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## Conceptual Questions

Which of the following Scheme functions are tail recursive?

```
(define (one x y)
(if (or (= x 0) (= y 0) (= x y))
1
(if (< x y)
(one x (- y x))
(if (> x y)
(one (- x y) y)))))
(define (two x)
(if (or (= x 0) (= x 1))
x
(+ (two (- x 1)) (two (- x 2)))))
(define (three n curr next)
(if (= n 0)
curr
(three (- n 1) next (+ curr next))))
(define (four n total)
(cond ((= n 0) 0)
((even? n) (four (- n 1) total))
(else (four (- n 2) (+ total n)))))
```

`one`

: tail recursive`two`

: not tail recursive`three`

: tail recursive`four`

: technically tail recursive, but loops forever (so it's stuck, but efficiently so)

## Code-Writing questions

### Question 1

Write a function `map`

that is tail recursive. It should take in a list
`lst`

and a function `fn`

, and apply the function onto every element in
the list.

```
(define (map fn lst)
; YOUR CODE HERE
)
scm> (map (lambda (x) (* x x)) '(1 2 3 4))
(1 4 9 16)
```

You should use a helper function. Also, the built-in `append`

function,
which concatenates two lists together, should prove useful.

```
(define (map fn lst)
(define (map-help lst so-far)
(if (null? lst)
so-far
(map-help (cdr lst)
(append so-far (list (fn (car lst)))))))
(map-help lst nil))
```

### Question 2

Write a function `filter`

that is tail recursive. It should take in a
list `lst`

and a function `pred`

, and keep only the elements in the
list that satisfy the predicate.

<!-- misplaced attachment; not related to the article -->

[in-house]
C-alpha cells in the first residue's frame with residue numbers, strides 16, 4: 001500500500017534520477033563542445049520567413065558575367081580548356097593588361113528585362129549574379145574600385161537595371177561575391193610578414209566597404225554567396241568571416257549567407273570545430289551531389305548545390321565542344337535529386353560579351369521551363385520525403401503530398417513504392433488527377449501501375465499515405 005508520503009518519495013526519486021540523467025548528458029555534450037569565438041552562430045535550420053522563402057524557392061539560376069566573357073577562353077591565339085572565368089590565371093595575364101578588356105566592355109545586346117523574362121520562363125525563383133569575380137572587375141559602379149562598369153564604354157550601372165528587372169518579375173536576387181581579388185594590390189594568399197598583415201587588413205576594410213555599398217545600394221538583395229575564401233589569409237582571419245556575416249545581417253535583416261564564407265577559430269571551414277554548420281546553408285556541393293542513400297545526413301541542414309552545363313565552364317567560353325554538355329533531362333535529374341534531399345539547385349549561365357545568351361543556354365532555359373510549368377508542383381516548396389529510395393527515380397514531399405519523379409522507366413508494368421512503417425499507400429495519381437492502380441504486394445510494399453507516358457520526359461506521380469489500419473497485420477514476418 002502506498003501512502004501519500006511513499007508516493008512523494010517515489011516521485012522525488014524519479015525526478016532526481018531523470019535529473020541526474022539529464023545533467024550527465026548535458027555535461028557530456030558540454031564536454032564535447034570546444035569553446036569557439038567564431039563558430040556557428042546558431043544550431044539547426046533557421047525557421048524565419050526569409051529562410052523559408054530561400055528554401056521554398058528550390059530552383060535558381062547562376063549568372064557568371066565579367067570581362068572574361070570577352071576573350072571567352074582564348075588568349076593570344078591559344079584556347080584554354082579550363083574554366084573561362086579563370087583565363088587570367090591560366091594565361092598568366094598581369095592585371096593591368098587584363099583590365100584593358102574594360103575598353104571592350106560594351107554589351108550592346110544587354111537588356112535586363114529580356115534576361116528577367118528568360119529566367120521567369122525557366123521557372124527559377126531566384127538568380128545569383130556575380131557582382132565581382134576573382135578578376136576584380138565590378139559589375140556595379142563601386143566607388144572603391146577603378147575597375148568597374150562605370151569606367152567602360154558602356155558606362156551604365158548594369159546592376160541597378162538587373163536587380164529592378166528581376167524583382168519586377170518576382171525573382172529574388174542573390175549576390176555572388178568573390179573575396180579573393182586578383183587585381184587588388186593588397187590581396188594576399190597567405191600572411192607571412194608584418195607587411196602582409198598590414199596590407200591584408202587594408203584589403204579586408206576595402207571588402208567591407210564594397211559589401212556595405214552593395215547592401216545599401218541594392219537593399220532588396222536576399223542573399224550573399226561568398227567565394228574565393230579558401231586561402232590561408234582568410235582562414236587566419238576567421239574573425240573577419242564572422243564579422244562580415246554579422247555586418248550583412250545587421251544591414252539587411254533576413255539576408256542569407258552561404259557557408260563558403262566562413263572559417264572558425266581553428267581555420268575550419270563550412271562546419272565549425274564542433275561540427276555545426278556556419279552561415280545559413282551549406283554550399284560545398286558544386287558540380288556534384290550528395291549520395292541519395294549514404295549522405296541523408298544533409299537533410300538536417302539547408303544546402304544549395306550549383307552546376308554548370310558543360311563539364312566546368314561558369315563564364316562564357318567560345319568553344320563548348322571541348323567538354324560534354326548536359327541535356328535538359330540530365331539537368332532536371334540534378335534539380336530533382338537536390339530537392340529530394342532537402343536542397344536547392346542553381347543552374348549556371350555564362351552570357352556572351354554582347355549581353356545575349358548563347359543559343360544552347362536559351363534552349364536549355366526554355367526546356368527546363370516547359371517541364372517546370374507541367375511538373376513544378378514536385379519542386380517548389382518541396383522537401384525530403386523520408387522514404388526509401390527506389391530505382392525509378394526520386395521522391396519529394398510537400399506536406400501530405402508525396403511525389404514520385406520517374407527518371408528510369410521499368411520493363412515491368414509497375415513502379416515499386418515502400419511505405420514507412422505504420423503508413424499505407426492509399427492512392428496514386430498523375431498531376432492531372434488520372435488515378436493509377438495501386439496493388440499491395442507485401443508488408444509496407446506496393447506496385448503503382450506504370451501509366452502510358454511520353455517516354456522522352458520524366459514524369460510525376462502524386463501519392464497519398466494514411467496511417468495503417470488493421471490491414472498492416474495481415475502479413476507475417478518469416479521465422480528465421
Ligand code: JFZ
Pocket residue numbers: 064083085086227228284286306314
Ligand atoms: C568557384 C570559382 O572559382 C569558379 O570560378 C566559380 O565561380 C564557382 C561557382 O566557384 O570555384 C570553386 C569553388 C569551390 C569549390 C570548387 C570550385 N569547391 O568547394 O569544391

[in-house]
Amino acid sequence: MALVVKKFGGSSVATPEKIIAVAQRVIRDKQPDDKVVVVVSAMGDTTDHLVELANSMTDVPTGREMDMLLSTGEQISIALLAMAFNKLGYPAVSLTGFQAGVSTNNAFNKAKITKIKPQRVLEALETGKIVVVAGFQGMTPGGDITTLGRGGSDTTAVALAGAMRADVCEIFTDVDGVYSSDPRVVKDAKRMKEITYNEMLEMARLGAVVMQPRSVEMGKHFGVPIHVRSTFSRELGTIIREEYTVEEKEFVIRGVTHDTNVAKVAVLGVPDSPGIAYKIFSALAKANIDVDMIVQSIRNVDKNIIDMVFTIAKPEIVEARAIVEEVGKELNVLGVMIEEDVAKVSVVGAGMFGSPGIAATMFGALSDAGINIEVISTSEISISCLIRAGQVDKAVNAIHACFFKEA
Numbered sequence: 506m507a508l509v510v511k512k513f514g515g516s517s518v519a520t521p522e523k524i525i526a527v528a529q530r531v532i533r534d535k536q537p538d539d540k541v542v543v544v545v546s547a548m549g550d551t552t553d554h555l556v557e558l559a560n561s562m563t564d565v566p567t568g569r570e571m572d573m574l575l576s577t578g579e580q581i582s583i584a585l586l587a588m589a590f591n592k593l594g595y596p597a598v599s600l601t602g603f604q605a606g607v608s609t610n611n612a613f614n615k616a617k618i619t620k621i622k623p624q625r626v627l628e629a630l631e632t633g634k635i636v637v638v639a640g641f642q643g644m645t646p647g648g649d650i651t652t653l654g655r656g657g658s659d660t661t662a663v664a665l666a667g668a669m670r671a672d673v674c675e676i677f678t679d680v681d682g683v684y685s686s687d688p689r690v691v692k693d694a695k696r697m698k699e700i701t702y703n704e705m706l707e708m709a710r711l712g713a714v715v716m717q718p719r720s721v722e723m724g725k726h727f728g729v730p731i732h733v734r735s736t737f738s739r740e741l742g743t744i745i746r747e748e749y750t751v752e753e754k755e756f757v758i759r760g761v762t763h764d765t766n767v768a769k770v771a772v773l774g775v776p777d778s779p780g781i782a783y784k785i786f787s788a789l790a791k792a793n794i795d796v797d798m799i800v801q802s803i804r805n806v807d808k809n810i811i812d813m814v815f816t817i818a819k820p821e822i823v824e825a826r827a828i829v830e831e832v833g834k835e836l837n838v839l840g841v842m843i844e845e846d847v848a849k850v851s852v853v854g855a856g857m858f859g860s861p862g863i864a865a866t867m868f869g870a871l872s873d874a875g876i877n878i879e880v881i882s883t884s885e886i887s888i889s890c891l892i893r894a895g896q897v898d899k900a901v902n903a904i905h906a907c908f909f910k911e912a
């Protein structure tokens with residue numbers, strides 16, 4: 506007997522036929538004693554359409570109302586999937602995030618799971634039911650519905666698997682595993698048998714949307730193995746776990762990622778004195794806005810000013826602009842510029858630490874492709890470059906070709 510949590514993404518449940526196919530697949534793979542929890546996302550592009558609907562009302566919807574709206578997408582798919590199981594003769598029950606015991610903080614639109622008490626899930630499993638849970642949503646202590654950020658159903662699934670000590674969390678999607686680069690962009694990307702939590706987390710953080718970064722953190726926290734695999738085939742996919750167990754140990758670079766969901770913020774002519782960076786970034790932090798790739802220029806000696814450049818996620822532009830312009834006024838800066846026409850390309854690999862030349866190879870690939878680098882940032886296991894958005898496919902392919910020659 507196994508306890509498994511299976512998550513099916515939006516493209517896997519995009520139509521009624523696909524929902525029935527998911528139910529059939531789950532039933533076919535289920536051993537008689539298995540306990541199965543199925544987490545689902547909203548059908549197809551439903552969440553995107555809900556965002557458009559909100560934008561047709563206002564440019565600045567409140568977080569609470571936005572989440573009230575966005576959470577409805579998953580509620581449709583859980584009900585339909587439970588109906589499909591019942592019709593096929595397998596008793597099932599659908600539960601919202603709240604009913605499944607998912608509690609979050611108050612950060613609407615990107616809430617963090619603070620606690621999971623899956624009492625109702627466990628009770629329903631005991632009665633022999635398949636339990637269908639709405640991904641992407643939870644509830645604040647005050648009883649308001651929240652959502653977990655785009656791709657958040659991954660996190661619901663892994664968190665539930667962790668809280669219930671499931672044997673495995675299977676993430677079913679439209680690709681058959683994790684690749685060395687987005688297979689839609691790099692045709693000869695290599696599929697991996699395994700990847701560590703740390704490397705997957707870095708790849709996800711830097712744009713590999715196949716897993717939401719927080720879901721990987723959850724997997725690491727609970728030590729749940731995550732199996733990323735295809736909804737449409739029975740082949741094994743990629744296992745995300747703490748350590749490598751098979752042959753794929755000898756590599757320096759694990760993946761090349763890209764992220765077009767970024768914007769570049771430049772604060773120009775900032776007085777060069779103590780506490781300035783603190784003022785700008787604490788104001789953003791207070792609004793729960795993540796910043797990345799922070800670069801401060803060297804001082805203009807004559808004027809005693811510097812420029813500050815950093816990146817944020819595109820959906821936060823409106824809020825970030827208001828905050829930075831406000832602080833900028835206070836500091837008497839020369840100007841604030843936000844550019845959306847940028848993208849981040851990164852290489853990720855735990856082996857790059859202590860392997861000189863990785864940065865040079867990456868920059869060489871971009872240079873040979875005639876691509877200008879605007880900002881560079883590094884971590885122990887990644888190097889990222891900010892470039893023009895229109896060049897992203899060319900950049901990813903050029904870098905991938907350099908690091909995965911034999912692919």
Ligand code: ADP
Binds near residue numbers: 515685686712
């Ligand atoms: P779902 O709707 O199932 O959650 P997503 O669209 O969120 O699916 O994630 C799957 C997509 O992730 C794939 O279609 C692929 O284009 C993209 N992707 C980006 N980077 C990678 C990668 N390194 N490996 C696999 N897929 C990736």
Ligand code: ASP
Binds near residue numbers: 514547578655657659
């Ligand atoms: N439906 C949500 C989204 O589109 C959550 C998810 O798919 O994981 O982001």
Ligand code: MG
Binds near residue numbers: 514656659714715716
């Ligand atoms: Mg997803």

```
(define (filter pred lst)
; YOUR CODE HERE
)
scm> (filter even? '(1 2 3 4))
(2 4)
```

**Hint**: You should use a helper. Also, the built-in `append`

function, which concatenates two lists together, should prove useful.

```
(define (filter pred lst)
(define (filter-help lst so-far)
(cond ((null? lst) so-far)
((pred (car lst))
(filter-help (cdr lst)
(append so-far (list (car lst)))))
(else (filter-help (cdr lst) so-far))))
(filter-help lst nil))
```

### Question 3

Write a function `insert`

that is tail recursive. It should take in a
list `lst`

, an `item`

, and an `index`

, and insert the `item`

into the
list at the given `index`

.

```
(define (insert lst item index)
; YOUR CODE HERE
)
scm> (insert '(1 2 3 4) 100 2)
(1 2 100 3 4)
scm> (insert nil 10 4)
(10)
```

You should use a helper. Also, the built-in `append`

function, which
concatenates two lists together, should prove useful.

```
(define (insert lst item index)
(define (insert-help lst index so-far)
(if (or (null? lst) (= index 0))
(append so-far
(cons item lst))
(insert-help (cdr lst)
(- index 1)
(append so-far (list (car lst))))))
(insert-help lst index nil))
```

### Question 4

Write a function `remove`

that is tail recursive. It should take in a
list `lst`

and an `item`

, and remove the first occurence of `item`

in
the list. If `item`

item doesn't occur, just return the original list.

```
(define (remove lst item)
; YOUR CODE HERE
)
scm> (remove '(1 2 3 4) 3))
(1 2 4)
scm> (remove '(1 3 5) 6)
(1 3 5)
scm> (remove nil 100)
()
```

**Hint**: You should use a helper. Also, the built-in `append`

function, which concatenates two lists together, should prove useful.

```
(define (remove lst item)
(define (remove-help lst so-far)
(cond ((null? lst) so-far)
((eq? (car lst) item) (append so-far (cdr lst)))
(else (remove-help (cdr lst)
(append so-far (list (car lst)))))))
(remove-help lst nil))
```

### Question 5

Write a function `pop`

that is tail recursive. It should take in a list
`lst`

and an `index`

, and remove the item in the list at the given
`index`

. If the index is out of bounds, just return the original list.

```
(define (pop lst index)
; YOUR CODE HERE
)
scm> (pop '(1 2 3 4) 2))
(1 2 4)
scm> (pop '(1 3 5) 2)
(1 3)
scm> (pop nil 8)
()
```

**Hint**: You should use a helper. Also, the built-in `append`

function, which concatenates two lists together, should prove useful.

```
(define (pop lst index)
(define (pop-help lst index so-far)
(cond ((null? lst) so-far)
((= index 0) (append so-far (cdr lst)))
(else (pop-help (cdr lst)
(- index 1)
(append so-far (list (car lst)))))))
(pop-help lst index nil))
```